From First Liberty Institute: Read more
In an unusual step, the Army officer appointed to investigate a complaint against Chaplain (Major) Scott Squires and his assistant SSgt Kacie Griffin wrote a second, revised report released just last week (the original was reportedly issued months ago). The pair were accused of discriminating against a homosexual couple regarding a Strong Bonds marriage retreat to be led by Chaplain Squires.
It appears the new “do over” report was the result of First Liberty’s rebuttal in April, in which attorney and former US Marine JAG Mike Berry tore into the investigator’s reasoning and conclusions. It seems the new report was intended to defend against First Liberty’s legitimate concerns, including, for example, this admission from the investigator quietly placed in the new report [emphasis added]:
In my prior findings and recommendations memorandum, I stated that when CH Squires informed [redacted] of his restriction that this was a violation of EO policy. This was a misstatement of fact and law. It is not a violation of EO policy to state a fact and CH Squires is protected in doing so…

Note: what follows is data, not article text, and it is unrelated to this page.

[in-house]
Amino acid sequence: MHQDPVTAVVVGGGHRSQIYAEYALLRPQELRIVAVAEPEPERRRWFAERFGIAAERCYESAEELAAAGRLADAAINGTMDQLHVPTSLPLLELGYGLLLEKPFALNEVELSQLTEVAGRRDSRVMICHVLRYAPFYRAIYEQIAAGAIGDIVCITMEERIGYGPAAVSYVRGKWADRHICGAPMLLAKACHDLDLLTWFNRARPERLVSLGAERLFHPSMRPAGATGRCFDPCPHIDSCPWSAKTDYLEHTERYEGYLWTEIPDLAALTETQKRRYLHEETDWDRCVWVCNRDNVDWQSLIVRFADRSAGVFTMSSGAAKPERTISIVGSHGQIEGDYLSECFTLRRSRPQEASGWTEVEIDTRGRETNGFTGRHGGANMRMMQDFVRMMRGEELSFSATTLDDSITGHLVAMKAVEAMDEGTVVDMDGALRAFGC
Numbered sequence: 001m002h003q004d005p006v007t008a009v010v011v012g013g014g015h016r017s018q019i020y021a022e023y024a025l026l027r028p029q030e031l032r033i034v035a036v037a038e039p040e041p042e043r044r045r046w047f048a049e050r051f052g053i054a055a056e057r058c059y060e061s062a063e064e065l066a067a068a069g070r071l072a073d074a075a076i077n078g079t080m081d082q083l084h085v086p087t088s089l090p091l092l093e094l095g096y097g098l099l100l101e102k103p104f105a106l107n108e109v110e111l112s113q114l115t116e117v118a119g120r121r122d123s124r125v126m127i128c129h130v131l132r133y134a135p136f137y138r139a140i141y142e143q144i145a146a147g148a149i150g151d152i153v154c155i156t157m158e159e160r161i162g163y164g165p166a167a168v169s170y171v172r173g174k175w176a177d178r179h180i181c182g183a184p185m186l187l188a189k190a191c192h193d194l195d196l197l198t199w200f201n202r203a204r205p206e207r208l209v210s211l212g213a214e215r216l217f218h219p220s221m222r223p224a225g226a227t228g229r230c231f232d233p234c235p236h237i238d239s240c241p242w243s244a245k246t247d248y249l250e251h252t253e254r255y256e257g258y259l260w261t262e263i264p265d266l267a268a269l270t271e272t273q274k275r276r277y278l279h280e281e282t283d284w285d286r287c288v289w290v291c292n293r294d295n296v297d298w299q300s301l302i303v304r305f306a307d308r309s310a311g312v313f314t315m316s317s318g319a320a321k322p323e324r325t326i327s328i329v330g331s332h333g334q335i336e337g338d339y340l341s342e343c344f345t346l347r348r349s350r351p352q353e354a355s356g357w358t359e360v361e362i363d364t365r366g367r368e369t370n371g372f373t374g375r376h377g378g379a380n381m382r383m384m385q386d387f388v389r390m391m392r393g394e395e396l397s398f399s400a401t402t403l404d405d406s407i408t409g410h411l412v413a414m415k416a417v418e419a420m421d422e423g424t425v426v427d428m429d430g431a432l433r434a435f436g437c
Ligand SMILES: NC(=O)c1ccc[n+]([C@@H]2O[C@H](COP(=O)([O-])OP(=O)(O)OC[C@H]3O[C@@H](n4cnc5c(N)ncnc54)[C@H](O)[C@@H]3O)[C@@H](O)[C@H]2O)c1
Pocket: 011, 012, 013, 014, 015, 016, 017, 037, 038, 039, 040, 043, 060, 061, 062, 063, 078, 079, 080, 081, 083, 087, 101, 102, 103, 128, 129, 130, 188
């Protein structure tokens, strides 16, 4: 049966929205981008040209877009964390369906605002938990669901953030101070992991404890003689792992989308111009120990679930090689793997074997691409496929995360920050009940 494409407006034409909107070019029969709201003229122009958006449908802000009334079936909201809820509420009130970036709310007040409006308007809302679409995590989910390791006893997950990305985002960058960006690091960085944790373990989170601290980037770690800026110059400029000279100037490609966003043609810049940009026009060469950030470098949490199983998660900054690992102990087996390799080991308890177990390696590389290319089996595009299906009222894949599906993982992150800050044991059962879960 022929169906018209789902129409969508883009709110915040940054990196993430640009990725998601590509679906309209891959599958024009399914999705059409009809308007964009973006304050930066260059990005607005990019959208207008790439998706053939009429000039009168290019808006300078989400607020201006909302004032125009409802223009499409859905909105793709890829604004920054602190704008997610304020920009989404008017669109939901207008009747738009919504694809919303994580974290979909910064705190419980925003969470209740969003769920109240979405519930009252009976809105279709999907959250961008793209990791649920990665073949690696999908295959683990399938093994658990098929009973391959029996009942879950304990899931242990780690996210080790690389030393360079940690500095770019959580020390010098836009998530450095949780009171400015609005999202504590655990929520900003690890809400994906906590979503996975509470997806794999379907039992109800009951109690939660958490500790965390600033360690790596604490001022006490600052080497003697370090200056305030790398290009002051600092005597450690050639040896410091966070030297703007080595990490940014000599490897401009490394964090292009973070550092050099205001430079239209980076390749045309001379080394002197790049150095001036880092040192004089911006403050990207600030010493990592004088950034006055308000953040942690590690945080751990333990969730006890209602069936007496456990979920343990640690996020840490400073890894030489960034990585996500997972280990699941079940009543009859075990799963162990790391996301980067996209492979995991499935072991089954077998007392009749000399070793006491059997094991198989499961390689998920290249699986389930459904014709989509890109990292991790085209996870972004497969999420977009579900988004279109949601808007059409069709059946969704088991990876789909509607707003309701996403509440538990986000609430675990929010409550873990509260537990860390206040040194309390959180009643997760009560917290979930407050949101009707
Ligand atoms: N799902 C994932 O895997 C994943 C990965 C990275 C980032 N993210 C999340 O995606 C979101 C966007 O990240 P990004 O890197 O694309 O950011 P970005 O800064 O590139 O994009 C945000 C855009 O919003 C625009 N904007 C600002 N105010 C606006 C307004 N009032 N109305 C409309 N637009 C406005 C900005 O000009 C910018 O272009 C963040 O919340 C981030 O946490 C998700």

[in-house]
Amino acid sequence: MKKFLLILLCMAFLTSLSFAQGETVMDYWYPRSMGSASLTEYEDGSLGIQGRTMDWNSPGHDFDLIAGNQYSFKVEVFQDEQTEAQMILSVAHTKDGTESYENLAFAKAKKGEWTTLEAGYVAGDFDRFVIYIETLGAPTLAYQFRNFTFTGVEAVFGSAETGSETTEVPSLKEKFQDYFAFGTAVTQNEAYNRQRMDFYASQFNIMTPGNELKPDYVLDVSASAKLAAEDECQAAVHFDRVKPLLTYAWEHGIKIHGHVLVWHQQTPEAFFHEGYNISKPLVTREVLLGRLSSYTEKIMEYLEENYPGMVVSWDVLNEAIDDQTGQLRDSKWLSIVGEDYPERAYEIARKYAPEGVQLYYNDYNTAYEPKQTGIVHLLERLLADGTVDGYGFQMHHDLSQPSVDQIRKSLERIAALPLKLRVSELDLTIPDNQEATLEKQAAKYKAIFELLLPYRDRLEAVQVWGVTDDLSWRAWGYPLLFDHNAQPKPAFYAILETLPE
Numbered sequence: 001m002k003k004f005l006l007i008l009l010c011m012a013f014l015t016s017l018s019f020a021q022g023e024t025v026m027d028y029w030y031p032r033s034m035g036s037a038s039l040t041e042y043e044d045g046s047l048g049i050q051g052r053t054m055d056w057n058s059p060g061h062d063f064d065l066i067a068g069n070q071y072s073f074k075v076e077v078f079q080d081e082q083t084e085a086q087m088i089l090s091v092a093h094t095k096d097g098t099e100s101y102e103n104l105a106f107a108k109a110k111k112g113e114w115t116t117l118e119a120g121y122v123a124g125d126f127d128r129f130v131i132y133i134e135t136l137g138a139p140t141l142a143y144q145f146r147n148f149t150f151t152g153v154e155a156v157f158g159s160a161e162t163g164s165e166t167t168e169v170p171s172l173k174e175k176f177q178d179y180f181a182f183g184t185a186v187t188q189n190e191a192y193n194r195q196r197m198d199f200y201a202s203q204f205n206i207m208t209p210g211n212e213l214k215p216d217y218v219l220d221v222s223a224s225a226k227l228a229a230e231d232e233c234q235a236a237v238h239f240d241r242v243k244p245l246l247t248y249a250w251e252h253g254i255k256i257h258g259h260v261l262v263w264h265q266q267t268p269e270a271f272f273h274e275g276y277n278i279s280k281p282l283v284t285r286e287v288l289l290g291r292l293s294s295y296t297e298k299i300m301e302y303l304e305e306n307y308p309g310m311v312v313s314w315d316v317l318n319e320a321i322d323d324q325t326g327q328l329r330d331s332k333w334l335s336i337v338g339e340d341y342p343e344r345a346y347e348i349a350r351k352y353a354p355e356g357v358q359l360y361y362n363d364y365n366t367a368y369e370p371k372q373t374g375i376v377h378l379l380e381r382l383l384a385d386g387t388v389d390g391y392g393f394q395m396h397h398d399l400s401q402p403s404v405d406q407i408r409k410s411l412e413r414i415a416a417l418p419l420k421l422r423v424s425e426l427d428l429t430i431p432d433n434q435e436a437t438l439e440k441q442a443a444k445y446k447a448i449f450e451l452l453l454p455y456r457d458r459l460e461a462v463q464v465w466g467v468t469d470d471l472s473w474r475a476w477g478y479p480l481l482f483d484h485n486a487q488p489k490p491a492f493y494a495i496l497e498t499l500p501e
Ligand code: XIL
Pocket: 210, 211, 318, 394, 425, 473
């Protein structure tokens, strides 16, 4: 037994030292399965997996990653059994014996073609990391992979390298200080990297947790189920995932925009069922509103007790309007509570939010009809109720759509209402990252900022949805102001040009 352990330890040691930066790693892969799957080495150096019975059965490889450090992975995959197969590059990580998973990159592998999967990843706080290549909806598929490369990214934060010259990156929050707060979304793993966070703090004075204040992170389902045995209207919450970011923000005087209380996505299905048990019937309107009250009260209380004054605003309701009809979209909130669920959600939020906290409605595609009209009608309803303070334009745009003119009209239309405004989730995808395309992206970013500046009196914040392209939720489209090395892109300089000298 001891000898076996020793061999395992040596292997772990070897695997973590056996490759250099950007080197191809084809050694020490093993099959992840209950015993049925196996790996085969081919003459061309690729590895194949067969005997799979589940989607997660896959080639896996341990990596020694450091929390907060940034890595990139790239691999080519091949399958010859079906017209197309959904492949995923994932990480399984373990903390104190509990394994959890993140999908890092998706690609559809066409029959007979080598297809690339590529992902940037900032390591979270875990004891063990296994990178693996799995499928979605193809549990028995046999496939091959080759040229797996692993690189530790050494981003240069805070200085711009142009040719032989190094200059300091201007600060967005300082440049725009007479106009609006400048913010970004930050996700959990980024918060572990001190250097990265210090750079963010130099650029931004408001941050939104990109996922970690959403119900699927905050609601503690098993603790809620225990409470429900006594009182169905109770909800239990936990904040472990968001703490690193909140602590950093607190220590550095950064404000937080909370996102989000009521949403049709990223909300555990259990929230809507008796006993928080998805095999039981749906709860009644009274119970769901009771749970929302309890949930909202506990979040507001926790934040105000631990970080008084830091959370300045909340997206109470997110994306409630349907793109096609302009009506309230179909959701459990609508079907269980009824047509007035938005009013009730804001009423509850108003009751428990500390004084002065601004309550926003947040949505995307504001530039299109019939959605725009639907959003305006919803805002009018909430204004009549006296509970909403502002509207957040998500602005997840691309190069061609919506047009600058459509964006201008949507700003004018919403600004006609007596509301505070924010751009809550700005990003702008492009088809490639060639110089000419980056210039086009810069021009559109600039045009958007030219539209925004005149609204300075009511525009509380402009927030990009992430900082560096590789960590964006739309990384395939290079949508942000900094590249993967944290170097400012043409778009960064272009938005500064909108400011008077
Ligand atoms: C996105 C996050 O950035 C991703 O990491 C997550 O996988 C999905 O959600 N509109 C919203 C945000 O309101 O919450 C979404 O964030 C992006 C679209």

It wasn’t just a “misstatement” — it was a wholly Read more
US Army SSgt Kacie Griffin has reportedly lost her opportunity to go to college and become an officer due to a recent controversy over homosexuals and a Strong Bonds marriage retreat.
SSgt Griffin was the chaplain assistant to Chaplain (Maj) Scott Squires at Fort Bragg, which was planning the Strong Bonds event earlier this year. A homosexual couple apparently expressed interest in the event; Chaplain Squires was unable to lead a marriage event with homosexuals attending, so he rescheduled the retreat — so the homosexuals filed a complaint. The investigating officer recommended Chaplain Squires be reprimanded.
For her part, SSgt Griffin was handling the administrative part of the retreat:
“Griffin informed Chaplain Squires of the application and informed the applicant that Chaplain Squires would speak with her. For this purely administrative act, an Army investigator determined she ‘gave the impression she was not eligible for the event’ and should be reprimanded for failing to ‘timely answer’ her question,” First Liberty Institute attorney Michael Berry said.
Though the “investigation” was reportedly finished months ago — and despite Read more